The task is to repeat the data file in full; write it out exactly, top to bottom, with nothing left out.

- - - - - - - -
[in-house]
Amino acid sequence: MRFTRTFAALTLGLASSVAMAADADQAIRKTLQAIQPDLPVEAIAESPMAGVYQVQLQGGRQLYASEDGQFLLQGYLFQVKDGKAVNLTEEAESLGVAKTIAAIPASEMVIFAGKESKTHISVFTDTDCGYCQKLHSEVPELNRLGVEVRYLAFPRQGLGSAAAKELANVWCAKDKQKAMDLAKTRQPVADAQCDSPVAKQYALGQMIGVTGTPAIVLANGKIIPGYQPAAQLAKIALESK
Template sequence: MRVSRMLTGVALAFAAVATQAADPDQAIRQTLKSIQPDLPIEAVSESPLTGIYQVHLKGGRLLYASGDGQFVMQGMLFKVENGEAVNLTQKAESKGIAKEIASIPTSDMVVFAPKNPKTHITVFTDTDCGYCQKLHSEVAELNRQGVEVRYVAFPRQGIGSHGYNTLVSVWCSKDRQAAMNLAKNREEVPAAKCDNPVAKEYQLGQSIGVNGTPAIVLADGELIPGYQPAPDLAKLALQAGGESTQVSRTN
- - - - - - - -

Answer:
[in-house]
Amino acid sequence: MRFTRTFAALTLGLASSVAMAADADQAIRKTLQAIQPDLPVEAIAESPMAGVYQVQLQGGRQLYASEDGQFLLQGYLFQVKDGKAVNLTEEAESLGVAKTIAAIPASEMVIFAGKESKTHISVFTDTDCGYCQKLHSEVPELNRLGVEVRYLAFPRQGLGSAAAKELANVWCAKDKQKAMDLAKTRQPVADAQCDSPVAKQYALGQMIGVTGTPAIVLANGKIIPGYQPAAQLAKIALESK
Template sequence: MRVSRMLTGVALAFAAVATQAADPDQAIRQTLKSIQPDLPIEAVSESPLTGIYQVHLKGGRLLYASGDGQFVMQGMLFKVENGEAVNLTQKAESKGIAKEIASIPTSDMVVFAPKNPKTHITVFTDTDCGYCQKLHSEVAELNRQGVEVRYVAFPRQGIGSHGYNTLVSVWCSKDRQAAMNLAKNREEVPAAKCDNPVAKEYQLGQSIGVNGTPAIVLADGELIPGYQPAPDLAKLALQAGGESTQVSRTN